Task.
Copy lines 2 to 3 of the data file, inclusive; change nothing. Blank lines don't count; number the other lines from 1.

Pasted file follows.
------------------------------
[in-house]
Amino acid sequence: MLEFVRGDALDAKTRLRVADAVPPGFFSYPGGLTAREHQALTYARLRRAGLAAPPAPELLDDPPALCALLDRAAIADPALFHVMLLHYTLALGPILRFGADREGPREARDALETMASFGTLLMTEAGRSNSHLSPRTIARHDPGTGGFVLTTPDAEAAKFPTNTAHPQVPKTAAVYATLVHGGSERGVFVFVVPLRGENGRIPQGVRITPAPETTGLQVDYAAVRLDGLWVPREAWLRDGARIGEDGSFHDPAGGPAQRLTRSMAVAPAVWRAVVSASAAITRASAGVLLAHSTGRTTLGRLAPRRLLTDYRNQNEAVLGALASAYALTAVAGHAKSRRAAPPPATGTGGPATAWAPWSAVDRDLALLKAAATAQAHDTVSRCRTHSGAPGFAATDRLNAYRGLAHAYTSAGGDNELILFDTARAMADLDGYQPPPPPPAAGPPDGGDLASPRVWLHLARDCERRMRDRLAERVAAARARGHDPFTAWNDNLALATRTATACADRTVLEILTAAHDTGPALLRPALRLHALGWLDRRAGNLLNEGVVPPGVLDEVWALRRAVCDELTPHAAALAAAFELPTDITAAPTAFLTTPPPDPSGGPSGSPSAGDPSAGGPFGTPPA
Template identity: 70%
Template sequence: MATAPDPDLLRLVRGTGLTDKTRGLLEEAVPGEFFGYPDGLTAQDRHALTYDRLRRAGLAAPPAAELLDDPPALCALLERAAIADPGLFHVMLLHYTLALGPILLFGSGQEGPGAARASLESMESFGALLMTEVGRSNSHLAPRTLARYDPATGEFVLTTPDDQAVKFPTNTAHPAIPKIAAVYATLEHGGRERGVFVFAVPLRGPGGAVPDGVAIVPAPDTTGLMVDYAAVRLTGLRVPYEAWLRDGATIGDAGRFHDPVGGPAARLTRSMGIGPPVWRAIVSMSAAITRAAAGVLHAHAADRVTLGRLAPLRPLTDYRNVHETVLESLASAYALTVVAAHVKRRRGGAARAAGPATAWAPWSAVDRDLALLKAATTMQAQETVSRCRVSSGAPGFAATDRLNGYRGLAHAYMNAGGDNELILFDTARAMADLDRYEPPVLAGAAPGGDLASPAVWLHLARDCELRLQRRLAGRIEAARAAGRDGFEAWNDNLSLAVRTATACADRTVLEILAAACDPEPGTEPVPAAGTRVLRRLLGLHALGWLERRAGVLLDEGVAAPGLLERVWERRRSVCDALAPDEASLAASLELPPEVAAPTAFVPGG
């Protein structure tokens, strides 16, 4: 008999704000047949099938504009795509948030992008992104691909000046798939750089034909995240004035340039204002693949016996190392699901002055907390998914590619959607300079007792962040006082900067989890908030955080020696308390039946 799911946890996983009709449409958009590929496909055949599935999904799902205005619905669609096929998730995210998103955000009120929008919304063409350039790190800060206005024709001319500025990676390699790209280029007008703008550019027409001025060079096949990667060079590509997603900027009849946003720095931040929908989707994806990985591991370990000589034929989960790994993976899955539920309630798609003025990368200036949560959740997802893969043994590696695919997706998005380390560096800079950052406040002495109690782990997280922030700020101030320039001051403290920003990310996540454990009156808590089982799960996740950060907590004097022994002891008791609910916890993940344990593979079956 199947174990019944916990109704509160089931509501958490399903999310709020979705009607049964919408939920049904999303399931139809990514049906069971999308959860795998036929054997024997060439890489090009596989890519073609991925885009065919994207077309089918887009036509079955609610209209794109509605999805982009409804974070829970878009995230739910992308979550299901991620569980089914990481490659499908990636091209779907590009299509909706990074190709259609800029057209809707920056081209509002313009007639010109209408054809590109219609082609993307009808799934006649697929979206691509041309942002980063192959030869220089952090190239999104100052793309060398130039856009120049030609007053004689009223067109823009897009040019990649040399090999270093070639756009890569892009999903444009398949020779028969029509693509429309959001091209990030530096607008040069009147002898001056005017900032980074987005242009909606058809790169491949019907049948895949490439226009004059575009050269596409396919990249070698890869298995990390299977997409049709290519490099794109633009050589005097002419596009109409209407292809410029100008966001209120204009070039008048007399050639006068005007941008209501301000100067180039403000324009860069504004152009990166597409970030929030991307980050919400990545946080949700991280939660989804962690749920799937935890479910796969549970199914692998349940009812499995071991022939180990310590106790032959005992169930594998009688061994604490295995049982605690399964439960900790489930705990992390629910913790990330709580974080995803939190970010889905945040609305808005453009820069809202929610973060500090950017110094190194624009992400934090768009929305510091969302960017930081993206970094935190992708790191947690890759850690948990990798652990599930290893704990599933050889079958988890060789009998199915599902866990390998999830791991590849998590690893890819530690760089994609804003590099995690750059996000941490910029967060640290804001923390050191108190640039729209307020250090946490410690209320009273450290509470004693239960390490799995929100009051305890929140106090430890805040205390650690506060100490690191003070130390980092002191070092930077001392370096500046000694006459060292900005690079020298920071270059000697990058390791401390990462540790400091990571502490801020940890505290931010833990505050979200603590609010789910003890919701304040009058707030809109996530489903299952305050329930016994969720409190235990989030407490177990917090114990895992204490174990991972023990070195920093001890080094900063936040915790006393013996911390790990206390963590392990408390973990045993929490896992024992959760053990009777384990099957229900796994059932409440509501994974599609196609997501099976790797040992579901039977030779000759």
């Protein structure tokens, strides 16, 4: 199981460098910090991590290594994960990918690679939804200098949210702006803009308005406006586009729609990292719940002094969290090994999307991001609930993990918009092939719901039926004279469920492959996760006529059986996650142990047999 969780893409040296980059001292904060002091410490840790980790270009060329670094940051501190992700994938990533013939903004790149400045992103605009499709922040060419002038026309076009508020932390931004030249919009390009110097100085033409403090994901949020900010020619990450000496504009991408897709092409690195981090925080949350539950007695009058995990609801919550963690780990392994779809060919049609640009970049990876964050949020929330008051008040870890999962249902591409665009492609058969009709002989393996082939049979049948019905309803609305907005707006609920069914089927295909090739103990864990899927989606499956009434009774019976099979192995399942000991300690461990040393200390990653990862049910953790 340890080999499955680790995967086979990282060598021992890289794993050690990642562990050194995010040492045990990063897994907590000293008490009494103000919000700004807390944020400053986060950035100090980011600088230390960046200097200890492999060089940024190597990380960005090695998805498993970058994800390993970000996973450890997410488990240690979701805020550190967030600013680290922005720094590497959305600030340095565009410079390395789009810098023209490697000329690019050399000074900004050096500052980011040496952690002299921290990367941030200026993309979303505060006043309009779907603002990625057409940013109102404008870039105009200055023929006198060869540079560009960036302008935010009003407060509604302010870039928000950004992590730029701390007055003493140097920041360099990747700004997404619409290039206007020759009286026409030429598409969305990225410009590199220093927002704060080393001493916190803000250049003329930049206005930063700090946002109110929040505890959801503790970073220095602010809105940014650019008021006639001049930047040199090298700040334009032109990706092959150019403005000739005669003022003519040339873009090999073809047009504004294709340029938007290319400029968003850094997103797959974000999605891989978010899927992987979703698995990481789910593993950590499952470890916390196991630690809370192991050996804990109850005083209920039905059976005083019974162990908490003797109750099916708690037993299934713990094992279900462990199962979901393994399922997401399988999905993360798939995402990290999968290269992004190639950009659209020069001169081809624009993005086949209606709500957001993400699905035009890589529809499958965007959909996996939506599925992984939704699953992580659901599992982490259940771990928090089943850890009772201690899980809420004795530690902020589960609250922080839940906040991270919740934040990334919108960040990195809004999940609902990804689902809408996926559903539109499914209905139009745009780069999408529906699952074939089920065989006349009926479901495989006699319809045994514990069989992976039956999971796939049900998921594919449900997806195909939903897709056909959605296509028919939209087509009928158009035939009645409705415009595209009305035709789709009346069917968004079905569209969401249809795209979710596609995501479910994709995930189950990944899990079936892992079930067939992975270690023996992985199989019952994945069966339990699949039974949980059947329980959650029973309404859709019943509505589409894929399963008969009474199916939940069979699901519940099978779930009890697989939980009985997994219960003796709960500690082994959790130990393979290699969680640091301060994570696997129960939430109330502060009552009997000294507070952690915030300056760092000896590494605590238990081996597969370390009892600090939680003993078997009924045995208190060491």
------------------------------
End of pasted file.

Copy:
Amino acid sequence: MLEFVRGDALDAKTRLRVADAVPPGFFSYPGGLTAREHQALTYARLRRAGLAAPPAPELLDDPPALCALLDRAAIADPALFHVMLLHYTLALGPILRFGADREGPREARDALETMASFGTLLMTEAGRSNSHLSPRTIARHDPGTGGFVLTTPDAEAAKFPTNTAHPQVPKTAAVYATLVHGGSERGVFVFVVPLRGENGRIPQGVRITPAPETTGLQVDYAAVRLDGLWVPREAWLRDGARIGEDGSFHDPAGGPAQRLTRSMAVAPAVWRAVVSASAAITRASAGVLLAHSTGRTTLGRLAPRRLLTDYRNQNEAVLGALASAYALTAVAGHAKSRRAAPPPATGTGGPATAWAPWSAVDRDLALLKAAATAQAHDTVSRCRTHSGAPGFAATDRLNAYRGLAHAYTSAGGDNELILFDTARAMADLDGYQPPPPPPAAGPPDGGDLASPRVWLHLARDCERRMRDRLAERVAAARARGHDPFTAWNDNLALATRTATACADRTVLEILTAAHDTGPALLRPALRLHALGWLDRRAGNLLNEGVVPPGVLDEVWALRRAVCDELTPHAAALAAAFELPTDITAAPTAFLTTPPPDPSGGPSGSPSAGDPSAGGPFGTPPA
Template identity: 70%